A team from Jeju National University in South Korea embedded triboelectric nanogenerators (TENGs) in toys so they can operate without batteries. Jeju's Arunkumar Chandrasekhar says toys work well with the technology because children's natural movements trigger the TENGs. The devices were created with an eco-friendly silicone film sandwiched between aluminum electrodes, which produce electricity as they rub against or move away from each other as users shake or squeeze the toys. The activated TENGs can harvest sufficient biomechanical energy to illuminate several light-emitting diodes on each toy. "TENG devices are one of the best solutions to meet low-power electronics requirements because they can scavenge energy from various sources--water wave, wind, biomechanical, vibration, rain drops, and so on," Chandrasekhar notes.

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'Nobel Prize' of Robotics Recipients Announced
Greg Nichols
May 25, 2018

Universal Robotics' Esben H. Østergaard has been named to receive the Award for Technology, while Gudrun Litzenberger, general secretary of the International Federation of Robotics (IFR), will receive the Award for Leadership, as part of the 2018 Joseph F. Engelberger Robotics Awards, considered the most prestigious honor in robotics. Østergaard will be honored for his work in collaborative robotics technology, which has helped to bring advanced industrial robots outside safety cages, enabling humans and robots to safely work side by side. Litzenberger's work, focused on measuring and analyzing the spread of automation, "has established the IFR as the leading source of global robotics statistics during an era when the interest in robotics is growing exponentially," says Jeff Burnstein with the Robotic Industries Association, which oversees the awards.

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Antiferromagnetic Materials Allow for Processing at Terahertz Speeds
Johannes Gutenberg University of Mainz (Germany)
May 24, 2018

A collaboration between the Johannes Gutenberg University Mainz (JGU) in Germany and the Czech Academy of Sciences in the Czech Republic has found a way to boost data processing rates approximately 100 times by using antiferromagnetic memories. "Our antiferromagnetic memory concept is now capable of working directly with data sent at rates in the terahertz range," says JGU's Jairo Sinova. The researchers passed an electric current through antiferromagnets to align the storage units, using a laser pulse to generate an electric current and facilitate a wireless connection. This innovation enabled the team to dramatically increase speeds, and satisfy the requirements for future computer and TV users to see ultra-high definition images that are free of judder.

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Man holding ingestible sensor developed by MIT researcher Ingestible 'Bacteria on a Chip' Could Help Diagnose Disease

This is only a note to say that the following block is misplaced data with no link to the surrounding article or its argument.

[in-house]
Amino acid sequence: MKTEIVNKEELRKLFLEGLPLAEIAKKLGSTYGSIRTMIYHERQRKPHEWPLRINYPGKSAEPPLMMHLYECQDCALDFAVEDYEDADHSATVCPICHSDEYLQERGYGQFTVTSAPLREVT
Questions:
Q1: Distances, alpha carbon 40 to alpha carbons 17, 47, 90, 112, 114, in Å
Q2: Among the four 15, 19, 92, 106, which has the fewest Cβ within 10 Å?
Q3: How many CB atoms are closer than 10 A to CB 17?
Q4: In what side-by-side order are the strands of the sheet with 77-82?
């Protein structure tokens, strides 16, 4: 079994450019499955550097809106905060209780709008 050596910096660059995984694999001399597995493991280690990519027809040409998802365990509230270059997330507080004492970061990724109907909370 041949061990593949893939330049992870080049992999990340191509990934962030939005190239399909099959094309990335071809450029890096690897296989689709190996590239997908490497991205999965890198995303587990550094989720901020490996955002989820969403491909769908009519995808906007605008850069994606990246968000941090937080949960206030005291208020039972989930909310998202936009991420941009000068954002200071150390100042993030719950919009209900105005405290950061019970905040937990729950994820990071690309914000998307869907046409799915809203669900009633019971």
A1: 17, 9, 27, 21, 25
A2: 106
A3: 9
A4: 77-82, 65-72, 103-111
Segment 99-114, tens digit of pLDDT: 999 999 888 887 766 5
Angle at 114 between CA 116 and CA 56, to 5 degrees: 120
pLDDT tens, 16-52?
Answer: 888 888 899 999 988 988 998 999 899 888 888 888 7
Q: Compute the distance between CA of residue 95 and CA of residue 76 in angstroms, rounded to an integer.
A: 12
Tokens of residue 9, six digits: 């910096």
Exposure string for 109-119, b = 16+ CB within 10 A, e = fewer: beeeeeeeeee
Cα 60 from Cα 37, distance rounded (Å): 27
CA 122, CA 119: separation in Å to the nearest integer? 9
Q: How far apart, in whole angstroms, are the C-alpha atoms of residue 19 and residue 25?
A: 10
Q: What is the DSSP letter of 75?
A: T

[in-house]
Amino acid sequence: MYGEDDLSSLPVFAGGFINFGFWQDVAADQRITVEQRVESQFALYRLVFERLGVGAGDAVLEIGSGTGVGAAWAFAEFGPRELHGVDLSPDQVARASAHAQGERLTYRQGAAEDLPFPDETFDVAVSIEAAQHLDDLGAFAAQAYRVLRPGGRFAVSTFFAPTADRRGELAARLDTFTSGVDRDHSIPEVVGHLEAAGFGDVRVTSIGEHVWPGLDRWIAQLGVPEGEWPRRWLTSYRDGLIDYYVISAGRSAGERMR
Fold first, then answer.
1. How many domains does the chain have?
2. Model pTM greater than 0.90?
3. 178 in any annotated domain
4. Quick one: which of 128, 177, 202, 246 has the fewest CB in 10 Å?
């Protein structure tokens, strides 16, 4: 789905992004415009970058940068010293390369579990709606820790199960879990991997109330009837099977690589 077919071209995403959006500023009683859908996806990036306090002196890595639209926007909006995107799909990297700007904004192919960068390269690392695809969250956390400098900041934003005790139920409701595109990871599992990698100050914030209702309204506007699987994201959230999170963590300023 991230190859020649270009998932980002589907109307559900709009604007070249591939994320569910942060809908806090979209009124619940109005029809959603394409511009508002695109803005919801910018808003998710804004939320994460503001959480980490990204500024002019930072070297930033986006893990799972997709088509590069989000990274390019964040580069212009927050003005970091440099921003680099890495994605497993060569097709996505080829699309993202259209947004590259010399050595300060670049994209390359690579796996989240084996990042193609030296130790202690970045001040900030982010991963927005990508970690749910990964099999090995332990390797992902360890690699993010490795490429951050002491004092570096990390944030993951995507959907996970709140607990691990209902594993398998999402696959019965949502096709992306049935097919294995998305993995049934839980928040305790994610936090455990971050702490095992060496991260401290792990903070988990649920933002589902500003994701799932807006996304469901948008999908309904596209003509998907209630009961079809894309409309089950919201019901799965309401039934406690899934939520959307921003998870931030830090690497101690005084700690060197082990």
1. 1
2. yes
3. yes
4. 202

MIT News
Anne Trafton
May 24, 2018

A new ingestible sensor can help diagnose gastrointestinal (GI) problems, according to Massachusetts Institute of Technology (MIT) researchers. The approach uses sensors made from living cells, combined with ultra-low-power electronics that translate the bacterial response into a wireless signal that a smartphone can read. Focusing on bleeding in the GI tract, the team created a probiotic strain of E. coli to express a genetic circuit that causes the bacteria to emit light when it encounters heme, a component of blood. The bacteria filled four wells on a custom-designed sensor, covered by a semipermeable membrane. A phototransistor underneath each well measured the light produced by the bacterial cells, sending the information to a microprocessor that transmitted a wireless signal to a nearby computer or smartphone. In tests on pigs, the ingestible sensor correctly determined whether blood was present in the stomach. The new sensor could prevent an unnecessary endoscopy by quickly revealing whether a bleeding event had occurred. As a next step, the researchers plan to reduce the sensor's size and develop sensors for additional GI conditions.

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3D representation of the Minato Ward (Tokyo) A Genetic Algorithm Predicts the Vertical Growth of Cities
SINC (Information and Scientific News Service)
May 23, 2018

Researchers from the University of A Coruña in Spain worked with architect Ivan Pazos have create genetic algorithms that predict how the number of skyscrapers and other buildings in an urban area will increase. "We operate within evolutionary computation, a branch of artificial intelligence and machine learning that uses the basic rules of genetics and Darwin's natural selection logic to make predictions," says Pazos. The team developed algorithms that learn urban growth patterns using historical data from the construction sector and economic parameters. The study focused on the Minato Ward in Tokyo, Japan, one of the neighborhoods with the highest vertical growth worldwide in recent years. In 2015, the researchers developed maps and three-dimensional representations of Minato to predict the number of buildings that would be erected, and their probable locations, in the 2016-2019 period. The algorithm's predictions have been very accurate for 2016 and 2017, and initial evaluations indicate the algorithm's accuracy for 2018 and 2019 will be 80%. Pazo said the study concluded that evolutionary computation can find growth patterns that are not obvious in complex urban systems.

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How Close Are We, Really, to Building a Quantum Computer?
Scientific American
Larry Greenemeier
May 30, 2018

In an interview, Intel Labs' Jim Clarke notes the race to develop the first practical quantum computer is fraught with challenges. "The goal with quantum computing is to keep [quantum bits/qubits] spinning in the superposition of multiple states for a long time," he says. There are currently at least six or seven distinct qubit types, their performance shaped by how they are manipulated and induced to communicate with each other. Varieties of qubits currently considered for use in quantum computing include superconducting systems and trapped ion systems, but Clarke says Intel is exploring a third variety called silicon spin qubits, which resemble a conventional silicon transistor but use one electron whose spin in controlled by microwave pulses. He thinks spin qubits offer an easier path toward scalability, since they are 1 million times smaller than superconducting systems. "Until we have physical systems that are a few hundred to a thousand qubits...it's unclear exactly what types of software or applications that we'll be able to run," says Clarke.